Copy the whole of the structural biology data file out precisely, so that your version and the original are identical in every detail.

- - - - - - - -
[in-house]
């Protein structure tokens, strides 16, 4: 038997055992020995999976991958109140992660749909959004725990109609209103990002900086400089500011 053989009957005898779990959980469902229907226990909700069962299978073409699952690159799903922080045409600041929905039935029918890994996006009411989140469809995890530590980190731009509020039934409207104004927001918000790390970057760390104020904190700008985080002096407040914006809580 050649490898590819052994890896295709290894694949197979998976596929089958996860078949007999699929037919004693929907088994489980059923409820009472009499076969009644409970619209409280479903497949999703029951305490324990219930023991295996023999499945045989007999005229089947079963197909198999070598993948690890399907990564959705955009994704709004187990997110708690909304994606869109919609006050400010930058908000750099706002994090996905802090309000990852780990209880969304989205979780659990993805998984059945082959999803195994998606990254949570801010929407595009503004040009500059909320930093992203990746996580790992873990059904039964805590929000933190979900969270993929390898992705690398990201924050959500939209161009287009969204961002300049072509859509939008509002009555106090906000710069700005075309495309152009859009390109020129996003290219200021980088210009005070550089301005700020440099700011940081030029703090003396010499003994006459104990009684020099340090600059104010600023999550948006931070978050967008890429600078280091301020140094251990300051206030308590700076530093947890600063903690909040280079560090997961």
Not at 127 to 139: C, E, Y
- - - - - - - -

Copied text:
[in-house]
């Protein structure tokens, strides 16, 4: 038997055992020995999976991958109140992660749909959004725990109609209103990002900086400089500011 053989009957005898779990959980469902229907226990909700069962299978073409699952690159799903922080045409600041929905039935029918890994996006009411989140469809995890530590980190731009509020039934409207104004927001918000790390970057760390104020904190700008985080002096407040914006809580 050649490898590819052994890896295709290894694949197979998976596929089958996860078949007999699929037919004693929907088994489980059923409820009472009499076969009644409970619209409280479903497949999703029951305490324990219930023991295996023999499945045989007999005229089947079963197909198999070598993948690890399907990564959705955009994704709004187990997110708690909304994606869109919609006050400010930058908000750099706002994090996905802090309000990852780990209880969304989205979780659990993805998984059945082959999803195994998606990254949570801010929407595009503004040009500059909320930093992203990746996580790992873990059904039964805590929000933190979900969270993929390898992705690398990201924050959500939209161009287009969204961002300049072509859509939008509002009555106090906000710069700005075309495309152009859009390109020129996003290219200021980088210009005070550089301005700020440099700011940081030029703090003396010499003994006459104990009684020099340090600059104010600023999550948006931070978050967008890429600078280091301020140094251990300051206030308590700076530093947890600063903690909040280079560090997961």
Not at 127 to 139: C, E, Y